Land use and land cover over Africa have changed substantially over the last sixty years and this change has been proposed to affect monsoon circulation and precipitation. This study examines the uncertainties on the effect of these changes on the African Monsoon system and Sahel precipitation using an ensemble of regional model simulations with different combinations of land surface and cumulus parameterization schemes. Although the magnitude of the response covers a broad range of values, most of the simulations show a decline in Sahel precipitation due to the expansion of pasture and croplands at the expense of trees and shrubs and an increase in surface air temperature.

  9. Simulating the Biogeochemical and Biogeophysical Impacts of Transient Land Cover Change and Wood Harvest in the Community Climate System Model (CCSM4) from 1850 to 2100

    E-Print Network [OSTI]

    Lawrence, Peter J.; Feddema, Johannes J.; Bonan, Gordon B.; Meehl, Gerald A.; O’ Neill, Brian C.; Oleson, Keith W.; Levis, Samuel; Lawrence, David M.; Kluzek, Erik; Lindsay, Keith

    2012-05-01

    To assess the climate impacts of historical and projected land cover change in the Community Climate System Model, version 4 (CCSM4), new time series of transient Community Land Model, version 4 (CLM4) plant functional ...

  10. Land-use change trajectories up to 2050: insights from a global agro-economic model comparison

    SciTech Connect (OSTI)

    Schmitz, Christoph; van Meijl, Hans; Kyle, G. Page; Nelson, Gerald C.; Fujimori, Shinichiro; Gurgel, Angelo; Havlik, Petr; Heyhoe, Edwina; Mason d'Croz, Daniel; Popp, Alexander; Sands, Ronald; Tabeau, Andrzej; van der Mensbrugghe, Dominique; von Lampe, Martin; Wise, Marshall A.; Blanc, Elodie; Hasegawa, Tomoko; Kavallari, Aikaterini; Valin, Hugo

    2014-01-01

    Changes in agricultural land use have important implications for environmental services. Previous studies of agricultural land-use futures have been published indicating large uncertainty due to different model assumptions and methodologies. In this article we present a first comprehensive comparison of global agro-economic models that have harmonized drivers of population, GDP, and biophysical yields. The comparison allows us to ask two research questions: (1) How much cropland will be used under different socioeconomic and climate change scenarios? (2) How can differences in model results be explained? The comparison includes four partial and six general equilibrium models that differ in how they model land supply and amount of potentially available land. We analyze results of two different socioeconomic scenarios and three climate scenarios (one with constant climate). Most models (7 out of 10) project an increase of cropland of 10–25% by 2050 compared to 2005 (under constant climate), but one model projects a decrease. Pasture land expands in some models, which increase the treat on natural vegetation further. Across all models most of the cropland expansion takes place in South America and sub-Saharan Africa. In general, the strongest differences in model results are related to differences in the costs of land expansion, the endogenous productivity responses, and the assumptions about potential cropland.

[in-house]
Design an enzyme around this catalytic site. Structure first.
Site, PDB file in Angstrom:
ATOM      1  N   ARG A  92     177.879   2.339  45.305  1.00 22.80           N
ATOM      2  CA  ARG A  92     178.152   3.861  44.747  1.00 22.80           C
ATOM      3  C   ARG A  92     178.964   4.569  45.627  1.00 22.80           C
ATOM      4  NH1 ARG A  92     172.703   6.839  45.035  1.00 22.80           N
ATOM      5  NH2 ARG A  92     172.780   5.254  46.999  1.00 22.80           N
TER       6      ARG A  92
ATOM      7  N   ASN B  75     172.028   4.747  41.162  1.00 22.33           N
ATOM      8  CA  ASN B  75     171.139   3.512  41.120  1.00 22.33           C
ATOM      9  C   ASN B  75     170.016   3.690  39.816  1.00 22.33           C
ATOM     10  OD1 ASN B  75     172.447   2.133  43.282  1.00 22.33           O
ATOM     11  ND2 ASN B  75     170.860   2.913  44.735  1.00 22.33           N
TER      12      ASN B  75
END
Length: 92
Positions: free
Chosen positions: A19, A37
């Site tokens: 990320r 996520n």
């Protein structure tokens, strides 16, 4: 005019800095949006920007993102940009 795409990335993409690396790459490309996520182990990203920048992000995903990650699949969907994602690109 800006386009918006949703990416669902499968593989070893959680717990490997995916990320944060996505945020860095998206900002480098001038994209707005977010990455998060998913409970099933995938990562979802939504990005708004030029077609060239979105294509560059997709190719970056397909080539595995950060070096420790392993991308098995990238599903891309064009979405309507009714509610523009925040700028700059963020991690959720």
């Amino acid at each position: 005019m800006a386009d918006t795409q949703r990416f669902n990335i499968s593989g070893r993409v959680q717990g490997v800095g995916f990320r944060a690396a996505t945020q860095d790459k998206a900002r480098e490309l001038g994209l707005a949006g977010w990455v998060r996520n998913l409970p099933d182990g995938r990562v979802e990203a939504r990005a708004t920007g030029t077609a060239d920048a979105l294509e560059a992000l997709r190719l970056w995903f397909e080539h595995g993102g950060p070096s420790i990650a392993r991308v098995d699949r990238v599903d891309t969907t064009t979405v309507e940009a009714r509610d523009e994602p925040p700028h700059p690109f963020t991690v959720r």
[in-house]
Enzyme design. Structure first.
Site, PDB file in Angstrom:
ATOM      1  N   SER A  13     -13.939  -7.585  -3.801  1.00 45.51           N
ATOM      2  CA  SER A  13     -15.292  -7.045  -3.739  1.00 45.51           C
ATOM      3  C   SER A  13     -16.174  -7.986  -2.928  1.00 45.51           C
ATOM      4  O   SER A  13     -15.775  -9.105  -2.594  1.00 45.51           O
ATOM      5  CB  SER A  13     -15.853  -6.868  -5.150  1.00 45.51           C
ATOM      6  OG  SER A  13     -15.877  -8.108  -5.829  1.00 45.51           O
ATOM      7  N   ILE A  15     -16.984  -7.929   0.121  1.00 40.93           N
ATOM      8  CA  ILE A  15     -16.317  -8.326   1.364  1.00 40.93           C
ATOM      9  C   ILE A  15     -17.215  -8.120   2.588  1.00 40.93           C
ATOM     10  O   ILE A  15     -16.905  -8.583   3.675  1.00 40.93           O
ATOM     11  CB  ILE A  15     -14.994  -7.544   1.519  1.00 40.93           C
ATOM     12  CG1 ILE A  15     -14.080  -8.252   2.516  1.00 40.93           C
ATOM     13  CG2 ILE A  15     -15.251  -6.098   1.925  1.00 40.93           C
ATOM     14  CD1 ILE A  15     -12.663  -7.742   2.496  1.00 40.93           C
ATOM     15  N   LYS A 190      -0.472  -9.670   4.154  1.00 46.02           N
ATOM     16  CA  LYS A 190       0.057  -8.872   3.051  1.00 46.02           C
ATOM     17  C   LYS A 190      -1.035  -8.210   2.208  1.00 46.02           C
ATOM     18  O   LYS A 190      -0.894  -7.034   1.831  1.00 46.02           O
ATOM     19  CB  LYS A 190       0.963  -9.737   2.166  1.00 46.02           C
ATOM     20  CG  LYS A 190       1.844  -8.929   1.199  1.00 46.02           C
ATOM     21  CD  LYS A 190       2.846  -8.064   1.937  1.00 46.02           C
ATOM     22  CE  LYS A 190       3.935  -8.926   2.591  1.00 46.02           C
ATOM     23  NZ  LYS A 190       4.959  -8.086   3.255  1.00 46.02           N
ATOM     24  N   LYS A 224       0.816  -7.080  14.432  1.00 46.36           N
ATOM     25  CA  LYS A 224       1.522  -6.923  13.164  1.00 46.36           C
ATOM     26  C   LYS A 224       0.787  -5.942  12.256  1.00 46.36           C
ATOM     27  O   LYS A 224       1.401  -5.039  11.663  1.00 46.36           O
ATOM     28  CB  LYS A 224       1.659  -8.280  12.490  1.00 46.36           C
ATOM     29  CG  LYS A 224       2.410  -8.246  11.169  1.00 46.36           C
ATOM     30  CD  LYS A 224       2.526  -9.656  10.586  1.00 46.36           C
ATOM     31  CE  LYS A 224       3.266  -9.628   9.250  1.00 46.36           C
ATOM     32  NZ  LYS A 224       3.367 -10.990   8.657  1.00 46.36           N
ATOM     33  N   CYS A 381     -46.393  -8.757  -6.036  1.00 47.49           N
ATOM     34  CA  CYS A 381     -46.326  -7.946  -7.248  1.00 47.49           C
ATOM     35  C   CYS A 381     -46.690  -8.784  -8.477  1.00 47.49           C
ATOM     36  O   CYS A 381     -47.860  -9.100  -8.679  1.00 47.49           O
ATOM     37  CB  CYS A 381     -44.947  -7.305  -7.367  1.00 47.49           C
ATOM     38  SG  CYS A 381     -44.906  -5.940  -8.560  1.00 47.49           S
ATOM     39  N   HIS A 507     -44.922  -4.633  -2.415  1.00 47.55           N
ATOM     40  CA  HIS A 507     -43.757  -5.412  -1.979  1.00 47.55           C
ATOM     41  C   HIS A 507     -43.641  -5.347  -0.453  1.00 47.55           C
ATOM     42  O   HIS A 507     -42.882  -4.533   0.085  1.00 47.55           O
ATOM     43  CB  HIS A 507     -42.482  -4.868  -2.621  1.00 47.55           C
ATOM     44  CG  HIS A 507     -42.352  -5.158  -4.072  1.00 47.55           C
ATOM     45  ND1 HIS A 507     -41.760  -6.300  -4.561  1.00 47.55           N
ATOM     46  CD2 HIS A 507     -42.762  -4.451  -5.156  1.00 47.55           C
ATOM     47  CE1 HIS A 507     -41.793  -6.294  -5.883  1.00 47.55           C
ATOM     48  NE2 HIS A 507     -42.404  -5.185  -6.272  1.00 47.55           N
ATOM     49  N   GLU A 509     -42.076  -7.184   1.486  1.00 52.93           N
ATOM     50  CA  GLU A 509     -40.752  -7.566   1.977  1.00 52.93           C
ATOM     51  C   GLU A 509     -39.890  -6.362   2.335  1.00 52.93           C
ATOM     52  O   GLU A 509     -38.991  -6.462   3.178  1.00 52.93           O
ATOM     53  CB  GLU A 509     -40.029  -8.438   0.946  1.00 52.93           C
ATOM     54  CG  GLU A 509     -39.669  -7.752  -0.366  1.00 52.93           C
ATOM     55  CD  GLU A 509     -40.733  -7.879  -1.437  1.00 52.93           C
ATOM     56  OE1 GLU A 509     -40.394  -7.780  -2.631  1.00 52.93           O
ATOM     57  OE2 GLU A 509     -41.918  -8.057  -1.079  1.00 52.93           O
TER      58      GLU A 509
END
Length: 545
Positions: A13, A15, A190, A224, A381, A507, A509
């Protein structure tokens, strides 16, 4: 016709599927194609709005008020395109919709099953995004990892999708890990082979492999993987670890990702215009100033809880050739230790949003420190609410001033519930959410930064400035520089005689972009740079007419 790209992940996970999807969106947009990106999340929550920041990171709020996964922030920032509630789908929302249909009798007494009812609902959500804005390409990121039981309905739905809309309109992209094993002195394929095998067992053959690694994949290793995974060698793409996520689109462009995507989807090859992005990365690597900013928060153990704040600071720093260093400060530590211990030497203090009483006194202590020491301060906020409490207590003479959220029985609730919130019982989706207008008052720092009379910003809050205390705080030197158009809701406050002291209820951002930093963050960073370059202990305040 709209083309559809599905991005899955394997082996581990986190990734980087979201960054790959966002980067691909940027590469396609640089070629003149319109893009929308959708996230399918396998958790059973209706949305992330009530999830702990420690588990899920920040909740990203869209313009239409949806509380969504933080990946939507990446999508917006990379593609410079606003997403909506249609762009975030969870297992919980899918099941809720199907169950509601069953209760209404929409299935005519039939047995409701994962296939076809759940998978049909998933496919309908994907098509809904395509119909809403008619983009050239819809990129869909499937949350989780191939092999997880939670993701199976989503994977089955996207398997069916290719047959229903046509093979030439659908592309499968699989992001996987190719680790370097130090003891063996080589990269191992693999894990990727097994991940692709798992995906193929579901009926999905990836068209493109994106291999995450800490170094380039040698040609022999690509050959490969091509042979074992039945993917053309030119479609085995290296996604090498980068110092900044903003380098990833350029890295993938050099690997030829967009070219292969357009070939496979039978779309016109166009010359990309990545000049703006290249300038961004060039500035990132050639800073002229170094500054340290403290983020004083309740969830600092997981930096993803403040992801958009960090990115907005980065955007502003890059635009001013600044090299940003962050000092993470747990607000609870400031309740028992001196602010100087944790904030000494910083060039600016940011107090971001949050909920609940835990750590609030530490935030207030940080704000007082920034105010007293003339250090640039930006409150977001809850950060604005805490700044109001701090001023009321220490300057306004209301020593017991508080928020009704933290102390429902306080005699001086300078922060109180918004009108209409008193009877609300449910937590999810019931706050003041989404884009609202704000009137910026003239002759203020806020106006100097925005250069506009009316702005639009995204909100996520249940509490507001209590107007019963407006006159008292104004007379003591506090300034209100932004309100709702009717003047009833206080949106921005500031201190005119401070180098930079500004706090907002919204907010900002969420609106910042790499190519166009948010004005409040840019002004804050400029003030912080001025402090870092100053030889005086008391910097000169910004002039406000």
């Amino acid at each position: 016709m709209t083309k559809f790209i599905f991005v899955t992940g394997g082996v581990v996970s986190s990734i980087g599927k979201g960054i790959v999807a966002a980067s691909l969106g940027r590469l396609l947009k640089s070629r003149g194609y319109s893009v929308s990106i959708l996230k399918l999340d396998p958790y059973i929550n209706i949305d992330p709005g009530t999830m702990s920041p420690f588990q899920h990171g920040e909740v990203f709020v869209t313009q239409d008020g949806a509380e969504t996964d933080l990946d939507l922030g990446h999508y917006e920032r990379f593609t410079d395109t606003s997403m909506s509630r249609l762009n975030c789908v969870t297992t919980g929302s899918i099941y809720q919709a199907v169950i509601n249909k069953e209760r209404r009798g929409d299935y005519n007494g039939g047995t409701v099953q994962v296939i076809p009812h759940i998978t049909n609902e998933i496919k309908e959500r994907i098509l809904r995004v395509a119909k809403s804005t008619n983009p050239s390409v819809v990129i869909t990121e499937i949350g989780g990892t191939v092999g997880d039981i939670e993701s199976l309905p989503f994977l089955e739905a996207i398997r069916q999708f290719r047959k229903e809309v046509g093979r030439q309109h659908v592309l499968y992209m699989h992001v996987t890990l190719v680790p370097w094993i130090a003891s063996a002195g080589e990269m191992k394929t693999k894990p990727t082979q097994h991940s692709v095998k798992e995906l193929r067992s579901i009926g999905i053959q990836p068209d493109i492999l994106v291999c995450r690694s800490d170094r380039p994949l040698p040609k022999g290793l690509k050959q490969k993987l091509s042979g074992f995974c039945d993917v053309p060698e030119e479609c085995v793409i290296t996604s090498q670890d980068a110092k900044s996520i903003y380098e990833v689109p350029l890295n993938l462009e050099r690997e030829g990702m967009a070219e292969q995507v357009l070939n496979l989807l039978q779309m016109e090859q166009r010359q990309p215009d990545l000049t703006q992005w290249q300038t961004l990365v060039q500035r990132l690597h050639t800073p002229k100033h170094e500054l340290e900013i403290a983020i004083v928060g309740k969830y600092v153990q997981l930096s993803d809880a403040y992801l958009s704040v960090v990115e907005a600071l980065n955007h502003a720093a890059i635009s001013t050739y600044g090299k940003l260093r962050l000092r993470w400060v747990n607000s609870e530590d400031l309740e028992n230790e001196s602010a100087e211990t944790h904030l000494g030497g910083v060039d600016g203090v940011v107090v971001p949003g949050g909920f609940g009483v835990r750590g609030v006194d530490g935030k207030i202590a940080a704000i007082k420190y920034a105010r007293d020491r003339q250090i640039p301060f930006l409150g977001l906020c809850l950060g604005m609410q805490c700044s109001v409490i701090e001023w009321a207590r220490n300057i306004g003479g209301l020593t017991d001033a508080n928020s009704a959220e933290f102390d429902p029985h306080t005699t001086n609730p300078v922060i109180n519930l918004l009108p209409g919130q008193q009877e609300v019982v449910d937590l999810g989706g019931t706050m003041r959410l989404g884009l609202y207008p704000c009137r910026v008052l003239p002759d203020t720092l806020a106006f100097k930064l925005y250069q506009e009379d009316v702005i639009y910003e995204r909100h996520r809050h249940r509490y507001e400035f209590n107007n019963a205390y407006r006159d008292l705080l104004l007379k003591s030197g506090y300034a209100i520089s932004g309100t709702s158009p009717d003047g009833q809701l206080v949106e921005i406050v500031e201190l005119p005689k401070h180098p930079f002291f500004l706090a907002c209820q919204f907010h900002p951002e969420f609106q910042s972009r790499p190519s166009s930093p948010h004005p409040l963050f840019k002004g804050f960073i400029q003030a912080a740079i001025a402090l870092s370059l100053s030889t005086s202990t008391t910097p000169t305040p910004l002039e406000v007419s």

11. A Spatial Modeling Framework to Evaluate Domestic Biofuel-Induced Potential Land Use Changes and Emissions

    E-Print Network [OSTI]

    : land availability, land suitability, LUC decision-making, and induced CO2 emissions. Using high obtain estimates for average total LUC emissions of 6.1, 2.2, 1.0, 2.2, and 2.4 gCO2e/MJ for Corn-15 fuels remain the major source of energy worldwide, raising concerns about both climate change due to CO2

  12. Global Climate Change,Global Climate Change, Land Cover Change, andLand Cover Change, and

    E-Print Network [OSTI]

    1 Global Climate Change,Global Climate Change, Land Cover Change, andLand Cover Change, and HydrologyHydrology Steven Fassnacht Watershed Science Colorado State University The Importance of Climate · Climate affects the environment and us ­ Ecology: vegetation and animals ­ Water Systems ­ People

  13. Carbon Accounting and Economic Model Uncertainty of Emissions from Biofuels-Induced Land Use Change

    E-Print Network [OSTI]

    Plevin, Richard J; Beckman, Jayson; Golub, Alla A; Witcover, Julie; O'??Hare, Michael

    2015-01-01

    uncertainty of full carbon accounting of forest ecosystemsA. ; Hopson, E. , Proper accounting for time increases crop-use change modeling in GTEM: Accounting for forest sinks.